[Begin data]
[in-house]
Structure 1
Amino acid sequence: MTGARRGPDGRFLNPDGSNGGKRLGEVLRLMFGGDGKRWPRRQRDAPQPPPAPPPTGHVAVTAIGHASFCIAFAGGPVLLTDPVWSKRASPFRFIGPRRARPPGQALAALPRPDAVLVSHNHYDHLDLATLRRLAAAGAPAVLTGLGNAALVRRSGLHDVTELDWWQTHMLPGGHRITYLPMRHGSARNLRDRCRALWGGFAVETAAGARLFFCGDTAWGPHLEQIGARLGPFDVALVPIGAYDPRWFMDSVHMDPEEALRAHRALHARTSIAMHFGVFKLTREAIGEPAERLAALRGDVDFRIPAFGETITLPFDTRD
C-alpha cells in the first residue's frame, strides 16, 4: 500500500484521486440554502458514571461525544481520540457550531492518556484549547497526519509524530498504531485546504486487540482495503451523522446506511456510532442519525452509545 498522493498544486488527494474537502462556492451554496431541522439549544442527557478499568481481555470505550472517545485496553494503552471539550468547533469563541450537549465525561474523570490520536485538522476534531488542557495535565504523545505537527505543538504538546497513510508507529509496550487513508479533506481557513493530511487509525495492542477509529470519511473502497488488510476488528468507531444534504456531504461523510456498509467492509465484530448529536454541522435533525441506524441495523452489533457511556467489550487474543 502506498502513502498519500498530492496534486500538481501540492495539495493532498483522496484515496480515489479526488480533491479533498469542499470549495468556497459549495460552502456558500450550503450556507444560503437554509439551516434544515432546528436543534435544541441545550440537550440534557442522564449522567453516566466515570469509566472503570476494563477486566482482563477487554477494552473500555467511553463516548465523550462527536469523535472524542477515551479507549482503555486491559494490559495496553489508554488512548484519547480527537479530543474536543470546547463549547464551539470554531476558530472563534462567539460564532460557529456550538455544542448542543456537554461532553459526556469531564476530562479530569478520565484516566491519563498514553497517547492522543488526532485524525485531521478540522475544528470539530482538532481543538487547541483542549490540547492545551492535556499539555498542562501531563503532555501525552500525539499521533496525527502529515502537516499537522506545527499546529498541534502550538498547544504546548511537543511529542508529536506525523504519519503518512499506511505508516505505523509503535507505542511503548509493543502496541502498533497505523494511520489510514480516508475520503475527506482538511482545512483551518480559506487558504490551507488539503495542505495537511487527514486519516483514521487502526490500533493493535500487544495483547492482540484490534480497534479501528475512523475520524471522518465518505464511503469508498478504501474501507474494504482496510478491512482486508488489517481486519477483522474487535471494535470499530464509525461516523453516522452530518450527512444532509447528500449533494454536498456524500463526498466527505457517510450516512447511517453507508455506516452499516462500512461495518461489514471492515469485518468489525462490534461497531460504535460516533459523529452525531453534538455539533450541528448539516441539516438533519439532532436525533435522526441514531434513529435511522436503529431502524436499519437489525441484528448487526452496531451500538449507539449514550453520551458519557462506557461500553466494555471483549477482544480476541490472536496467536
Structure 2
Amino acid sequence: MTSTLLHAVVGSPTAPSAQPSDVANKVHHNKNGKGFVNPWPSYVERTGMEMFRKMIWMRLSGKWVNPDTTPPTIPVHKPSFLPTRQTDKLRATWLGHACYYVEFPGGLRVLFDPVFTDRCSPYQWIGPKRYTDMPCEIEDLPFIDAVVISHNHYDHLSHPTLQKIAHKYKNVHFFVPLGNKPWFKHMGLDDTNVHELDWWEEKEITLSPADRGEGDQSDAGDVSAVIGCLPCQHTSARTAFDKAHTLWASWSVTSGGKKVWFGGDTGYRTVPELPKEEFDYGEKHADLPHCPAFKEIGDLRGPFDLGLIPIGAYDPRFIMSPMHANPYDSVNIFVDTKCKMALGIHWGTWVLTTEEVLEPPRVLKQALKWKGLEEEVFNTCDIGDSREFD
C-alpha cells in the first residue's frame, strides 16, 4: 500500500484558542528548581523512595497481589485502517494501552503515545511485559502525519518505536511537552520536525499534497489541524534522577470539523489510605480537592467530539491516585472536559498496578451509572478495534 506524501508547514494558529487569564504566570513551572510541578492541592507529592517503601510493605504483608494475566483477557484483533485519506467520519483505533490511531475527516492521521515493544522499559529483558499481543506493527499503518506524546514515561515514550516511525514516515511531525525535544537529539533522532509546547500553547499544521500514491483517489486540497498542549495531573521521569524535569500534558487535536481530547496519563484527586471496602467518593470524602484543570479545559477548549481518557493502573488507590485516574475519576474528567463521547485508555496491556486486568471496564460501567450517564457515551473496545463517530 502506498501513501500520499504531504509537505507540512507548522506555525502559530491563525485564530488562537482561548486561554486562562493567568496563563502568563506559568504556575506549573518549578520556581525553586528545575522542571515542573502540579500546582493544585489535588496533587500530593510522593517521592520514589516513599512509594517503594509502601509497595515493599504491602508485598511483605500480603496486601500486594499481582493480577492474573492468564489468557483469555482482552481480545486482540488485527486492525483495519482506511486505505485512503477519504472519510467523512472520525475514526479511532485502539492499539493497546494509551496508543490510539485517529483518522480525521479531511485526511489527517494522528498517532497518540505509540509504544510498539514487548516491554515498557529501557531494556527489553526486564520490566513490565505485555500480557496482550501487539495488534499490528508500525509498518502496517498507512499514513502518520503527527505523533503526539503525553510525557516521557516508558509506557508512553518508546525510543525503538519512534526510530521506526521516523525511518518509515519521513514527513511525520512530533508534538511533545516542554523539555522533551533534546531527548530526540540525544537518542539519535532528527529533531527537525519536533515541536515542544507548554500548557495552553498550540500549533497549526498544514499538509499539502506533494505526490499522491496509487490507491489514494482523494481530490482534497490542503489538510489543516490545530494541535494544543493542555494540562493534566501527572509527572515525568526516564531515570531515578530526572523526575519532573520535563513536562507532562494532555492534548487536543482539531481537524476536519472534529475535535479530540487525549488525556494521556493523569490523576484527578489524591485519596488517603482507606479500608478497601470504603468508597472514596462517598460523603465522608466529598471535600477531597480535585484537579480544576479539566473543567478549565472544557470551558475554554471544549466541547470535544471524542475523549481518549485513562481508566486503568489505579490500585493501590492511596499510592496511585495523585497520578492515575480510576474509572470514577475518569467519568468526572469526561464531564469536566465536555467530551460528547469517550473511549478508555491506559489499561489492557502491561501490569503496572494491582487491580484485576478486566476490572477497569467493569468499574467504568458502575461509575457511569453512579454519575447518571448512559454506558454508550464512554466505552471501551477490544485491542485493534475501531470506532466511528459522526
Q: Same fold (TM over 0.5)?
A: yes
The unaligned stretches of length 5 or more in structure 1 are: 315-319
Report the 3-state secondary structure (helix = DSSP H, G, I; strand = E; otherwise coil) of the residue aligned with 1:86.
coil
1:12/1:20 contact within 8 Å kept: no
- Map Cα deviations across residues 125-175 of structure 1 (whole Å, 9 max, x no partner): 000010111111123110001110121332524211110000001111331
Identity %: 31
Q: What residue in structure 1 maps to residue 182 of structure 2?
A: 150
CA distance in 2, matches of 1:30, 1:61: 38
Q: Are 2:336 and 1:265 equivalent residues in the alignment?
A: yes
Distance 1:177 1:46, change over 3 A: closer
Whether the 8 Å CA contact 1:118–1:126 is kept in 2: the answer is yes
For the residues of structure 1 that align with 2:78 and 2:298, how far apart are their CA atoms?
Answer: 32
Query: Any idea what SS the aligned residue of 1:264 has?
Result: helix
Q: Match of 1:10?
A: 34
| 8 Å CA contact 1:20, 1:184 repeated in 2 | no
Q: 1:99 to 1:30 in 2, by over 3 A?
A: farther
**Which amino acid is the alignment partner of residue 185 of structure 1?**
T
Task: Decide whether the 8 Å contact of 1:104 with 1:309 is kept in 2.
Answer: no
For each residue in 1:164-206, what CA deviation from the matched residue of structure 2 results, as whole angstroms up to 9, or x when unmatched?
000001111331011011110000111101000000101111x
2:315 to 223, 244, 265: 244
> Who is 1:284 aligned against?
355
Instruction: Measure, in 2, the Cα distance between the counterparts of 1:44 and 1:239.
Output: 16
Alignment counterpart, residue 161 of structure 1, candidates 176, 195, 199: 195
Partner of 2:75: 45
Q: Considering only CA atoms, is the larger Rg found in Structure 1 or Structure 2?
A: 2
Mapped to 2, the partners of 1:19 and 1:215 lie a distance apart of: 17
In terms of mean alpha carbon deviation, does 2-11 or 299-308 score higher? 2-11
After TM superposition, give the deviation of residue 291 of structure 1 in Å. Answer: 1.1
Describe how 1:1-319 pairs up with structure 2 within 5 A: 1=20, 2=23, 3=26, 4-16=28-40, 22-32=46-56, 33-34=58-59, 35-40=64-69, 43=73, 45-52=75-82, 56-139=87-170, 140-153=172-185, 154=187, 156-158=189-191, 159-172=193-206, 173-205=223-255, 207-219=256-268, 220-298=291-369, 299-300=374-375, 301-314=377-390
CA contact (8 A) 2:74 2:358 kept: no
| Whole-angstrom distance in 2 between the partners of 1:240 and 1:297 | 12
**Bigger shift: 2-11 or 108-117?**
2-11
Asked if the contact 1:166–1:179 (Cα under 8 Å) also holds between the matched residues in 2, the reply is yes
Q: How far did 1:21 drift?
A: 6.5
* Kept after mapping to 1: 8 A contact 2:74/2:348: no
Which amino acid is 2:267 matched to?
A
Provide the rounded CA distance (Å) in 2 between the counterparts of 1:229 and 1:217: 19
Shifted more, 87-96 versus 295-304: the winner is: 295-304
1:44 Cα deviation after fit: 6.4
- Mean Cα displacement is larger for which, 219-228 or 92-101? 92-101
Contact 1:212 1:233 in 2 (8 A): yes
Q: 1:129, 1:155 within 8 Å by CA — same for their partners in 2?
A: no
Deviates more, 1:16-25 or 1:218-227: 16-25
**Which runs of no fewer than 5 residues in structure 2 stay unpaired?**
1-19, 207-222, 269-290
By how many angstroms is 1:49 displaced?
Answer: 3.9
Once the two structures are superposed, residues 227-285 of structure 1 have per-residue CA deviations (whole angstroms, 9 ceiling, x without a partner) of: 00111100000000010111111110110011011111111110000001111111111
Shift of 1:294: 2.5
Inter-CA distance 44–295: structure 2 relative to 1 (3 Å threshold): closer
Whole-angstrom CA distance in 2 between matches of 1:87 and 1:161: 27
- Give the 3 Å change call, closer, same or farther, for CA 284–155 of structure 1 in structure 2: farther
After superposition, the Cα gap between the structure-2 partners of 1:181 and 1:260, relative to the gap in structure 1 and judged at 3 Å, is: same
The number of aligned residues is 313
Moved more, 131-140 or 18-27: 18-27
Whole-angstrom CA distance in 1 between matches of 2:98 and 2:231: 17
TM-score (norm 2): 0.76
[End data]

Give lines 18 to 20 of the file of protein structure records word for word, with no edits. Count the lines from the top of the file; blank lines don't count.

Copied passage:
CA distance in 2, matches of 1:30, 1:61: 38
Q: Are 2:336 and 1:265 equivalent residues in the alignment?
A: yes